SOUTH DAKOTA LAST MEAL
July 11, 2007
...It was South Dakota's first execution in 60 years...
Last Meal: Page had a final meal request of steak with A-1 sauce, jalapeno poppers with cream sauce, onion rings, and a salad with cherry tomatoes, ham chunks, shredded cheese, bacon bits, and blue cheese and ranch dressing. He wanted lemon iced tea and coffee to drink and ice cream for dessert.
The skinny: Page, 25, was executed for the torturing and killing a 19-year-old man following a robbery.
It was South Dakota's first execution in 60 years.
More skinny: Page and two other young men were convicted of killing a 19-year old "friend," near the town of Spearfish in the rural west of South Dakota.
The victim was kidnapped at gunpoint, then tortured for almost 3 hours before his death. He was forced to drink acid, repeatedly kicked and beaten, stabbed in the head and torso, and forced to remove his clothing in an icy creek.
His body was not found until a month later.
Upon his arrest in Texas, Page admitted his involvement in the murder. Page later pled guilty, received a death sentence, and waived appeals.
Accomplice Briley Piper, age 19, also pled guilty and was sentenced to death. Accomplice Darrell Hoadley, age 20, is serving a sentence of life without parole.
Last words and such: Asked if he had any last words, Page replied, "No." Asked if he understood the question Page responded, "Yes, no last words."
Factoids: Page was the...
30th murderer executed in U.S. in 2007
1087th murderer executed in U.S. since 1976
1st murderer executed in South Dakota in 2007
1st murderer executed in South Dakota since 1976
It was the first execution in South Dakota since 1947 when another convicted murderer died in the electric chair. Before Wednesday, there had been only 15 executions in the state, the first occurring in 1877 when Jack McCall was hanged for shooting Wild Bill Hickok in the back of the head as he played poker at a saloon in Deadwood when the state was still a territory. Hickok was said to have been holding eights and aces -- poker's "dead man's hand."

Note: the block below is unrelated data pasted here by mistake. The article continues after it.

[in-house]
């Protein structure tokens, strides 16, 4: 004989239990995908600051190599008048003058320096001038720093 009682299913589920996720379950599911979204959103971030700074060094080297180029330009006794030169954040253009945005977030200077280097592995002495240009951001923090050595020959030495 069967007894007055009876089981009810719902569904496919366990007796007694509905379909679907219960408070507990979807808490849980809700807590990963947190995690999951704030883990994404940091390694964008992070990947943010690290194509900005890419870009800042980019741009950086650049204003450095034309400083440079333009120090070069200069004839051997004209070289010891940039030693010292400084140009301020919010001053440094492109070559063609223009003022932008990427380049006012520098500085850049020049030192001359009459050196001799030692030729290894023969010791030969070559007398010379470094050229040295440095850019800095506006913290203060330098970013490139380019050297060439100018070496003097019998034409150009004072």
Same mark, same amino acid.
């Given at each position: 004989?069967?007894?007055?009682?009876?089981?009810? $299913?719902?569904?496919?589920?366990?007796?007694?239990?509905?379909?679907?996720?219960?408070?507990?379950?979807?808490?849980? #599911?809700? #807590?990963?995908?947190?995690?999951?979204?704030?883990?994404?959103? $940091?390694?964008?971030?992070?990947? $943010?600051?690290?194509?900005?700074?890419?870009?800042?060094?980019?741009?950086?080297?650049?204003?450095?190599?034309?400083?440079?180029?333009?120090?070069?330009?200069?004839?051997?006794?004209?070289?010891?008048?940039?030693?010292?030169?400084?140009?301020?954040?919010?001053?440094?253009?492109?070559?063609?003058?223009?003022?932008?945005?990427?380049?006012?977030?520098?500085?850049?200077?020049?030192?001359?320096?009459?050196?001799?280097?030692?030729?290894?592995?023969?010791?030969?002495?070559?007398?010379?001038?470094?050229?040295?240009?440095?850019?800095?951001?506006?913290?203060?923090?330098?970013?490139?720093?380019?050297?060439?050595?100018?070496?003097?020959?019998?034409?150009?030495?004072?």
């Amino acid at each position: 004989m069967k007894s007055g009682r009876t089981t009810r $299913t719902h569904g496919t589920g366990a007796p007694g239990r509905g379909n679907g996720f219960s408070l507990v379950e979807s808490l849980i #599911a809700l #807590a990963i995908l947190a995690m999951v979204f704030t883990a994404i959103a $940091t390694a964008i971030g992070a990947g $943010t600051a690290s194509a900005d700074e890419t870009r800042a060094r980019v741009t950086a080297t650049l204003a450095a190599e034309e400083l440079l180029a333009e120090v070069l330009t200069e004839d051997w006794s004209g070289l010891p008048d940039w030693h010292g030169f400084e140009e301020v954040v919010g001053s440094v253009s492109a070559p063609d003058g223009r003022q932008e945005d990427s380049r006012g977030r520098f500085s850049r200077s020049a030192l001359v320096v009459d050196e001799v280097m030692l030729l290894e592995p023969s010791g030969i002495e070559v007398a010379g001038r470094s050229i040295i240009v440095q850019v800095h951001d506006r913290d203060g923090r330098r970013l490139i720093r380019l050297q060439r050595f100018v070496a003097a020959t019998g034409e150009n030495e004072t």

Executions are rare in South Dakota because of its sparse population. At about 780,000, it ranks 46th among the 50 states.
Besides Page, there were only three other men on South Dakota's death row, including one of his co-defendants.
Several demonstrators -- both for and against the death penalty -- were set up in a grassy area at the penitentiary.
In the hour before the execution, as the sun went down and the sky got pink behind the razor wire of the penitentiary, the demonstrators and media members grew quiet for a few moments in anticipation.
Near 9:30 p.m., a young woman played “Amazing Grace” on the bagpipes. Groups huddled in prayer, a rosary chorus of “Pray for us sinners, now and at the hour of our death” piercing the din as the sun set hazy on the horizon. A car whizzed past and its passenger interjected, “I’ll pay for the electric bill!”
By 10 p.m., there were 100 people opposing the death penalty and 10 supporting it.
Of the 38 states that have death penalty statutes since capital punishment was reinstated in 1976, only four now have not executed anybody, according to the Death Penalty Information Center, a nonprofit organization based in Washington, D.C. Those states are Kansas, New Hampshire, New Jersey and New York.